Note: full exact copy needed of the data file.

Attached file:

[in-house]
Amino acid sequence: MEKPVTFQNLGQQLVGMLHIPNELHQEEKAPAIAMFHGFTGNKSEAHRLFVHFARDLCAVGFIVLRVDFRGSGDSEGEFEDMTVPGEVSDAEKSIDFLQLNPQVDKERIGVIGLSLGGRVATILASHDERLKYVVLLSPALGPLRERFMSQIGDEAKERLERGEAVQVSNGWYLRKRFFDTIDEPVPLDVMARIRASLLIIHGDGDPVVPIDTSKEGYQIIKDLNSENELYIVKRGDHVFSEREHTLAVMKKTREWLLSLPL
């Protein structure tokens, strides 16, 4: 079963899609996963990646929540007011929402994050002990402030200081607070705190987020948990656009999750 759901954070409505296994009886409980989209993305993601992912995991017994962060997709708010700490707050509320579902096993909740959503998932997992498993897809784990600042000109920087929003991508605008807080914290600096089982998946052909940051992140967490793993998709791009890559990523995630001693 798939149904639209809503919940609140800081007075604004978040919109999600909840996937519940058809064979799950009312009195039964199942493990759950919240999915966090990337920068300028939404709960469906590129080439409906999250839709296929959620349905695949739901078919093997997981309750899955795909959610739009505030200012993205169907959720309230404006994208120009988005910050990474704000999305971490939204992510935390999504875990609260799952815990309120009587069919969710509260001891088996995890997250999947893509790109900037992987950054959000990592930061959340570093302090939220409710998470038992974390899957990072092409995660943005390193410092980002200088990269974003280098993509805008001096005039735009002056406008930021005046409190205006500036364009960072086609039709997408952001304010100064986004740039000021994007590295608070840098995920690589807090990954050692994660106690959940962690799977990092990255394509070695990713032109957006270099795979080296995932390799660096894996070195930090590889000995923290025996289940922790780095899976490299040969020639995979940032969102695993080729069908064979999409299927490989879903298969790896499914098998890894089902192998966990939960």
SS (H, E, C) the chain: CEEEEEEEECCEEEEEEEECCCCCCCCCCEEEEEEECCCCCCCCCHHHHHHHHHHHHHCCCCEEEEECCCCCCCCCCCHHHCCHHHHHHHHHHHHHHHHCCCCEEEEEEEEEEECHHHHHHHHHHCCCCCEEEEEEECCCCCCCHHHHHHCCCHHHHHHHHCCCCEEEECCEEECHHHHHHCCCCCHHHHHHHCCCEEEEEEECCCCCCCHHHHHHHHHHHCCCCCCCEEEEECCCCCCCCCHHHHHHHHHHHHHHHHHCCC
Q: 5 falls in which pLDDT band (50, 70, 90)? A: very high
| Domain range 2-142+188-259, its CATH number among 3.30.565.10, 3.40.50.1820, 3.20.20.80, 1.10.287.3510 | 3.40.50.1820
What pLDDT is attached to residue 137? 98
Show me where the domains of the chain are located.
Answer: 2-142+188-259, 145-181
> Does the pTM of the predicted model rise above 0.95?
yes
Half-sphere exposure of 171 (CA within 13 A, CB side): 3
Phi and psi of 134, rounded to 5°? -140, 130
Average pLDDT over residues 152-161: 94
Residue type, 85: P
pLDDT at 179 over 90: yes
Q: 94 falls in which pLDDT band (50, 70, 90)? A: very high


[in-house]
Amino acid sequence: MEKPVTFQNLGQQLVGMLHIPNELHQEEKAPAIAMFHGFTGNKSEAHRLFVHFARDLCAVGFIVLRVDFRGSGDSEGEFEDMTVPGEVSDAEKSIDFLQLNPQVDKERIGVIGLSLGGRVATILASHDERLKYVVLLSPALGPLRERFMSQIGDEAKERLERGEAVQVSNGWYLRKRFFDTIDEPVPLDVMARIRASLLIIHGDGDPVVPIDTSKEGYQIIKDLNSENELYIVKRGDHVFSEREHTLAVMKKTREWLLSLPL
């Protein structure tokens, strides 16, 4: 079963899609996963990646929540007011929402994050002990402030200081607070705190987020948990656009999750 759901954070409505296994009886409980989209993305993601992912995991017994962060997709708010700490707050509320579902096993909740959503998932997992498993897809784990600042000109920087929003991508605008807080914290600096089982998946052909940051992140967490793993998709791009890559990523995630001693 798939149904639209809503919940609140800081007075604004978040919109999600909840996937519940058809064979799950009312009195039964199942493990759950919240999915966090990337920068300028939404709960469906590129080439409906999250839709296929959620349905695949739901078919093997997981309750899955795909959610739009505030200012993205169907959720309230404006994208120009988005910050990474704000999305971490939204992510935390999504875990609260799952815990309120009587069919969710509260001891088996995890997250999947893509790109900037992987950054959000990592930061959340570093302090939220409710998470038992974390899957990072092409995660943005390193410092980002200088990269974003280098993509805008001096005039735009002056406008930021005046409190205006500036364009960072086609039709997408952001304010100064986004740039000021994007590295608070840098995920690589807090990954050692994660106690959940962690799977990092990255394509070695990713032109957006270099795979080296995932390799660096894996070195930090590889000995923290025996289940922790780095899976490299040969020639995979940032969102695993080729069908064979999409299927490989879903298969790896499914098998890894089902192998966990939960």
SS (H, E, C) the chain: CEEEEEEEECCEEEEEEEECCCCCCCCCCEEEEEEECCCCCCCCCHHHHHHHHHHHHHCCCCEEEEECCCCCCCCCCCHHHCCHHHHHHHHHHHHHHHHCCCCEEEEEEEEEEECHHHHHHHHHHCCCCCEEEEEEECCCCCCCHHHHHHCCCHHHHHHHHCCCCEEEECCEEECHHHHHHCCCCCHHHHHHHCCCEEEEEEECCCCCCCHHHHHHHHHHHCCCCCCCEEEEECCCCCCCCCHHHHHHHHHHHHHHHHHCCC
Q: 5 falls in which pLDDT band (50, 70, 90)? A: very high
| Domain range 2-142+188-259, its CATH number among 3.30.565.10, 3.40.50.1820, 3.20.20.80, 1.10.287.3510 | 3.40.50.1820
What pLDDT is attached to residue 137? 98
Show me where the domains of the chain are located.
Answer: 2-142+188-259, 145-181
> Does the pTM of the predicted model rise above 0.95?
yes
Half-sphere exposure of 171 (CA within 13 A, CB side): 3
Phi and psi of 134, rounded to 5°? -140, 130
Average pLDDT over residues 152-161: 94
Residue type, 85: P
pLDDT at 179 over 90: yes
Q: 94 falls in which pLDDT band (50, 70, 90)? A: very high